In London I absorbed the energy of the general election campaign, predicting results with old friends as I crossed constituency borders: accommodation was in a Labour stronghold, my kebab shop was in a Liberal Democrat seat and I ventured to Tory territory for tennis. No one came close to the actual election results, which I observed at the British High Commissioner’s Residence back in Kuala Lumpur. There, over satay and tea, an assemblage of diplomats, British businesspeople, Malaysian Anglophiles and students sat glued to the large screens displaying live coverage from the BBC and Sky News. The High Commissioner herself wore black, an extremely apolitical colour in modern British politics, but as the results streamed in, showing positive results for the Conservatives in defiance not only of opinion polls of previous weeks but also the exit poll, it became clear from the whoops and cheers that many in the room were Conservative-leaning, and the decisive twelve-seat majority was felt preferable to a hung parliament and the potential disruption of coalition-building.
As David Cameron went to Buckingham Palace for an audience with Queen Elizabeth II before assembling his new government, some Malaysian observers seized on a pair of statistics to reignite a former grouse: “see, Conservatives only won 36.9% of the popular vote but 50.9% of the seats!” Two crucial points were ignored: firstly that the same party’s candidates came out top in terms of both popular vote and seats won, and secondly, deviation from the mean population size across UK parliamentary constituencies is rather less than across Malaysian parliamentary constituencies.
Many British voters also bemoaned the alleged injustice of the electoral system: the anti-EU United Kingdom Independence Party (UKIP) won 12.6% of the popular vote but obtained a single seat, while the anti-UK Scottish National Party (SNP) won 4.7% of the popular vote and obtained 56 seats. Naturally many of the former’s supporters argue that the electoral system should translate the proportion of nationwide popular votes (“for a party”) into a similar proportion of MPs (“from that party”) in the legislature. Sadly for them, First Past The Post (FPTP) was never designed to do that. It was designed to send individuals (who may or may not belong to a party) contesting in single member constituencies to a representative chamber. If the British or Malaysian supporters of a form of proportional representation wish for radical change, they should be free to campaign for it, but for the moment, fair re-delineation is Malaysia’s best bet for better representative democracy.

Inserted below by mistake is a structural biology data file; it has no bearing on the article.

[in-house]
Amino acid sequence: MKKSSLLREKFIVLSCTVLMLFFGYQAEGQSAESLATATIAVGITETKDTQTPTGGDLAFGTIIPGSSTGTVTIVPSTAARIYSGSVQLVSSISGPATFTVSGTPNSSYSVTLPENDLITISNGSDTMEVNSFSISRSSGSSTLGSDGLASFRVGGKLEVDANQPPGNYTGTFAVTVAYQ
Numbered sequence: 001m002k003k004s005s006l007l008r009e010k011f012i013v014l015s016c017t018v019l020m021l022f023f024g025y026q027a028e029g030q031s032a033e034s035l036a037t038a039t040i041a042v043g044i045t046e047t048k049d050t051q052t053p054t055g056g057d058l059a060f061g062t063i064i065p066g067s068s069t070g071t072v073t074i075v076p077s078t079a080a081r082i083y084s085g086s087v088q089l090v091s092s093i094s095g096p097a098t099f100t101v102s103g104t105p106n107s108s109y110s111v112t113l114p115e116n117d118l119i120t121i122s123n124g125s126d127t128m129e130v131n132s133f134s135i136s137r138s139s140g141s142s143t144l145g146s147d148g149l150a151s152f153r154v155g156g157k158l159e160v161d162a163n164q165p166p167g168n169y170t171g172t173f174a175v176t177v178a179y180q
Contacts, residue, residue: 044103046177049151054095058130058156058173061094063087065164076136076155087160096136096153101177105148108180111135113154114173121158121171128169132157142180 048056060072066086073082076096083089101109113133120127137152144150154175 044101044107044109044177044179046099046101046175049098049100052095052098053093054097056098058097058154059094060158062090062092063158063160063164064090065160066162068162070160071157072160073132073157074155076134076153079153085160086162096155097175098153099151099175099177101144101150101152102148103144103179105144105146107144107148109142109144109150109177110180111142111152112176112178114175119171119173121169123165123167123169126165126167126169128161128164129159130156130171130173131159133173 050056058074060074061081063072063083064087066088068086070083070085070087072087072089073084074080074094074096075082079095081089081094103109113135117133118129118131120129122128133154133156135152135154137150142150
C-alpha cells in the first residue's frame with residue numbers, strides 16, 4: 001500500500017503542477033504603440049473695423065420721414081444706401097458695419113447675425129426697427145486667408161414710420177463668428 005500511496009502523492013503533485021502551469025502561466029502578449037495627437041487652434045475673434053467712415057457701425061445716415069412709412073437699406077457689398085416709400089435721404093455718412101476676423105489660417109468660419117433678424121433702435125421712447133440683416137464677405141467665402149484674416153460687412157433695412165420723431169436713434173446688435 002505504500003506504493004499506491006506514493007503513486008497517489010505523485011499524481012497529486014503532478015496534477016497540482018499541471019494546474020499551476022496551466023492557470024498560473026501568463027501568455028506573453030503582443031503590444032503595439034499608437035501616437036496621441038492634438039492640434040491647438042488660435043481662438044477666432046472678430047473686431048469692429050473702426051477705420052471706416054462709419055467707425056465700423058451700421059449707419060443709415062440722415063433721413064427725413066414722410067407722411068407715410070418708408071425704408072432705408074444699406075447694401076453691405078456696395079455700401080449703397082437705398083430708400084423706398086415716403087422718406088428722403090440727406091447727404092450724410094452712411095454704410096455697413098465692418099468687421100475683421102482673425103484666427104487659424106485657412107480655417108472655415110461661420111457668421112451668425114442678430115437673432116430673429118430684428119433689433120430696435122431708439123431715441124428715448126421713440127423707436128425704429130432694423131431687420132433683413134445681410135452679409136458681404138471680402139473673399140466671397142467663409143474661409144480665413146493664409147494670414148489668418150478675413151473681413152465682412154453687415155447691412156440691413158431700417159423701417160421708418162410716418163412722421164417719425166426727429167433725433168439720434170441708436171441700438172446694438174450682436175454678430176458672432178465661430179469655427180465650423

A few days later, at the fourth installation in the British High Commission’s GREAT Debate series (and the one that was originally supposed to have taken place at the International Islamic University Malaysia before its hasty and as-yet unsatisfactorily explained cancellation), on the topic of moderation, Ipoh-born High Commissioner Vicki Treadell reminded the audience that our two Prime Ministers shared a platform endorsing moderation: something that should be practiced at home before being preached abroad. Her Excellency made her most political statement since the election on a point about national unity – “something we have to remind the Scots about from time to time” – and recalled her childhood in Ipoh when there was a greater sense of equality and understanding of other cultures and religions.
Later, the debate’s moderator Sharaad Kuttan from BFM Radio warned of the dangers of overstating a rose-tinted past, but I have never met anyone who has argued that race relations are better now than in the Merdeka years. During the discussion Professor Gurdial Singh Nijar from the University of Malaya’s Law Faculty lucidly explained a root cause: the electoral rewards of deliberately pandering to racially-defined communities. Nik Nazmi Nik Ahmad from PKR argued that such behaviour is impossible in his party, since it is multiracial. But outside the political process, efforts must also be made to teach our constitution in schools, a point made by Firdaus Husni, Co-chair of the Bar Council’s Constitutional Law Committee. To that I would add that a narrative history of our institutions needs to be taught too – of course alongside academic freedom to enable challenges to any narrative presented.
The UK-Malaysia bilateral relationship has already seen an enhancement since David Cameron became Prime Minister in 2010. He came after Heath, Major and Thatcher; Labour Prime Ministers Wilson, Callaghan, Blair and Brown did not deign to visit Malaysia during their premierships. Of course, much credit should also go to the High Commissioners who served in recent years: Boyd McCleary and the late Simon Featherstone. Vicki Treadell’s personal history in Malaysia has already imbued another dimension to the diplomacy, and I am not alone in looking forward to more diplomatic exchanges of a political, ideological and constitutional nature.
– – –
Tunku ’Abidin Muhriz is Founding President of IDEAS